The Musée de la romanité, in Nîmes
A must-see address since its inauguration in June 2018, the Museum of the romanity stands out for its modernity as soon as its visitors arrive near the arena of Nîmes.
The building, which its contemporary lines, starting with a metal structure on the façade covered with "7,000 sheets of screen-printed glass covering a surface area of 2,500 m2", was created by the Franco-Brazilian urban architect Elizabeth de Portzamparc.
The archaeological museum inaugurated in 1926 took over the very first museum, created in 1823, in the Maison carrée)
Taking over the first archaeological museum inaugurated in 1926 on boulevard Amiral Courbet which closed its doors in 2018, having become too small to accommodate all the collections, the Museum of romanity is today perfectly suited to the presentation of the mosaics known as Achilles and Pentheus, discovered between 2006 and 2007 during street work on the Jean-Jaurès alleys.
Today, some 5,000 works and archaeological pieces, "out of the 25,000 owned by the museum", can be discovered in a place of more than 9,000 m2, not counting the elements of the temporary exhibitions.
In addition, its archaeological garden offers a Mediterranean green setting, a real "plant museum" of 3,500 m2, structured in 3 strata (Gallic, Roman and medieval), just like the green roof terrace, "thought of as a 5th façade, open to the sky".
Videos complete the museography and "multimedia devices (65 in all) along the route for virtual visits allow visitors to enter a Gallic house from around 400 BC and a rich Roman residence. C. and a rich Roman residence, graphic animations (cartoons and motion design) to observe the gestures and techniques of Roman craftsmen in fields such as mosaics, frescoes, ceramics and bronze work, and maps that show the positioning of cities, battle sites or the extension of Roman influence.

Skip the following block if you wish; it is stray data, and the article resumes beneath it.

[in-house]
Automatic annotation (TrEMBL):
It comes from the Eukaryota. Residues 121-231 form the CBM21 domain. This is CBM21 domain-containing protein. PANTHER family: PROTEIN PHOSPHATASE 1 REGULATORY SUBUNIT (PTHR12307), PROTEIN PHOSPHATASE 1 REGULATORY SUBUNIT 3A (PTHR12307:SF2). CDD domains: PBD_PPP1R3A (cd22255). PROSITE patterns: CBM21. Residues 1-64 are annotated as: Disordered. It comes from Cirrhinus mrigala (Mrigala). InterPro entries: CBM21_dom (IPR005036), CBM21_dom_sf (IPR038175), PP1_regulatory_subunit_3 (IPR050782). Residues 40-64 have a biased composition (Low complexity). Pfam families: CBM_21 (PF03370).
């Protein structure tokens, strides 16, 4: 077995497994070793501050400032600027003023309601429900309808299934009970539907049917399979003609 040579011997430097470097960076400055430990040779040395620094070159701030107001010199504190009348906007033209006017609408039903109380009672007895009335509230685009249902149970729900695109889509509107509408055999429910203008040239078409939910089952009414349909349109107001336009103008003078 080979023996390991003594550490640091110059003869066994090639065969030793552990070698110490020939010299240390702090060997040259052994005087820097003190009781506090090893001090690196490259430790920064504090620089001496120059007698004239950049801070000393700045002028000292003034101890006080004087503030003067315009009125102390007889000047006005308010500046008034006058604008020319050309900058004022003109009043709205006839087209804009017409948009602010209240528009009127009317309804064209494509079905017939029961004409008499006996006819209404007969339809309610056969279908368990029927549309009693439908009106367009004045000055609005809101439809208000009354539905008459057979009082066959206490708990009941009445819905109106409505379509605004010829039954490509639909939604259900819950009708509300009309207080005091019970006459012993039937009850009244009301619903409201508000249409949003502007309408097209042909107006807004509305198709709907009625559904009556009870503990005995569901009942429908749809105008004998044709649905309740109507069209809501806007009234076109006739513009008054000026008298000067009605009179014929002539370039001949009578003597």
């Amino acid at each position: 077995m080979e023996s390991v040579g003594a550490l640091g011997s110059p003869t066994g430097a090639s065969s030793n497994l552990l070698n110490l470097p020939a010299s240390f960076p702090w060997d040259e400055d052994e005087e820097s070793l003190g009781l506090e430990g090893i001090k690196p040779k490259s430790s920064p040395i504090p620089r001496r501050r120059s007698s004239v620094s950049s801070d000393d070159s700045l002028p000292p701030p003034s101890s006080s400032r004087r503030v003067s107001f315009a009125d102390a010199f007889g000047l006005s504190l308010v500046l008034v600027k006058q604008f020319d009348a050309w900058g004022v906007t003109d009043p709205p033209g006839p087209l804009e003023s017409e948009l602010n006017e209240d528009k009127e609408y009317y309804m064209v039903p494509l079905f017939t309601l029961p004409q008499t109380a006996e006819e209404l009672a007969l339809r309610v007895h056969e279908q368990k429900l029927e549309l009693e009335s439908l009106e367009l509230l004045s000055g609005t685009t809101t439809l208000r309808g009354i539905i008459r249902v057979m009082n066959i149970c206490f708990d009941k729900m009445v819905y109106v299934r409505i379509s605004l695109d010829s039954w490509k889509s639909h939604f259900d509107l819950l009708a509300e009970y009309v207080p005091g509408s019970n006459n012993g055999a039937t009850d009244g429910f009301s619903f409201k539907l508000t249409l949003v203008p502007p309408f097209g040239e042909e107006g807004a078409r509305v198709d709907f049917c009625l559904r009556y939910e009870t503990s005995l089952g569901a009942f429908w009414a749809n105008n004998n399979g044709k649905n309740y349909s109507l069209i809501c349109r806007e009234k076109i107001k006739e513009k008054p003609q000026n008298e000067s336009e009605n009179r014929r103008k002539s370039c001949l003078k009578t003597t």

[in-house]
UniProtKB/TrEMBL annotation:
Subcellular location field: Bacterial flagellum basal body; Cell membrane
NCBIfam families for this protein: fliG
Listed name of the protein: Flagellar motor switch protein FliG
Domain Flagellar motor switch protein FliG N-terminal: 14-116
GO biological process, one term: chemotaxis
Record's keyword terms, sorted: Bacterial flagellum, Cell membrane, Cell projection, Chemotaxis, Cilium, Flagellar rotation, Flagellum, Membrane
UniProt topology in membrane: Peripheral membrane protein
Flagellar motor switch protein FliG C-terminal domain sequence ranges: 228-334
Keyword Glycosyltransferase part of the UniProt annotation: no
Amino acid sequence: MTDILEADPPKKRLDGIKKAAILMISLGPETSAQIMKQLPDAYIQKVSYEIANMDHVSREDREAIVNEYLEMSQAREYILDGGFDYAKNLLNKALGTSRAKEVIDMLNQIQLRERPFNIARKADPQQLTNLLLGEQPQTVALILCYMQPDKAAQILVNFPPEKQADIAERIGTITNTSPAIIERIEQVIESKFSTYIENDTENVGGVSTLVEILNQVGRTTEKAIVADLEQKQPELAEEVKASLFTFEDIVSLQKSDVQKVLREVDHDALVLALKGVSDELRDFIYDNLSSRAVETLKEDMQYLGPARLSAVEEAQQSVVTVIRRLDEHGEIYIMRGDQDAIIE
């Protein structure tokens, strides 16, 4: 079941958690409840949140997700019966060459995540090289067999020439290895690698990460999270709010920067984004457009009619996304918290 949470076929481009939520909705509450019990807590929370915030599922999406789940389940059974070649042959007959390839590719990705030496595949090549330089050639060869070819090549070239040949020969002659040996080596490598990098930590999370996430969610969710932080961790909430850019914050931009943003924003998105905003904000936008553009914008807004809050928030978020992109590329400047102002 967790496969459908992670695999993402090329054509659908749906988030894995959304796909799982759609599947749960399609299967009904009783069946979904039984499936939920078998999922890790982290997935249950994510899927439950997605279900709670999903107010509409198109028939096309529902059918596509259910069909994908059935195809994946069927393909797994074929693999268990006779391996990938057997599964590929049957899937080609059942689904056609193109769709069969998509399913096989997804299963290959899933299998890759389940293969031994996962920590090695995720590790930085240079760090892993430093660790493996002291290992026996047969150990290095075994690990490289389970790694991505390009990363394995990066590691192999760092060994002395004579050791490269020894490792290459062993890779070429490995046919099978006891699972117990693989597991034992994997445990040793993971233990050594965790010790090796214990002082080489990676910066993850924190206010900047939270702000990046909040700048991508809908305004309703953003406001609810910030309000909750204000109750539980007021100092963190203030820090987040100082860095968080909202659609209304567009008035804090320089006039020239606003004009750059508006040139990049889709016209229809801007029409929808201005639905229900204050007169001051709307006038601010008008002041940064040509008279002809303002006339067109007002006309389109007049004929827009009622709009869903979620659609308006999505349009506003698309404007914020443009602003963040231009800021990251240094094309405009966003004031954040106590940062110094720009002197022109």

The Musée de la Romanité, 25 centuries of history
A space and time to travel between "the Gallic period before Roman times, the Roman period and then the Middle Ages, Antiquity"... We find the pre-Roman period, from the 8th century BC to the 1st century BC, from the Roman period to the Middle Ages.
We find the pre-Roman period, from the 8th century BC to the 1st century BC, from the Arecomic Volcanoes to the Gauls, the growing influence of Romanity, the Roman period, from the 1st century BC to the 3rd century AD, the evolution of urbanism to the construction of great monuments such as the Arena or the Pont du Gard, to see the reconstruction of the Villa Roma domus and the collection of mosaics, including the mosaic of Pentheus, "rediscovered during archaelogical digging in Nimes in 2007" and the mosaic of Bellerophon.
Also noteworthy is the vast collection of inscriptions, including funerary ones, and the emphasis on Roman deities, such as Jupiter, Apollo and Venus, and Oriental ones such as Isis and Serapis, not forgetting Gallic ones such as Nemausus and Sucellus. Then comes the medieval period, from the 10th century to the 15th century: The Romanesque period, from the 10th to the beginning of the 12th century, can be seen here through capitals and cornices, and the Gothic period (from the 13th to the 15th century).
The right address: Musée de la romanité, 16 boulevard des arènes, in Nîmes. Open every day from 10 am to 7 pm.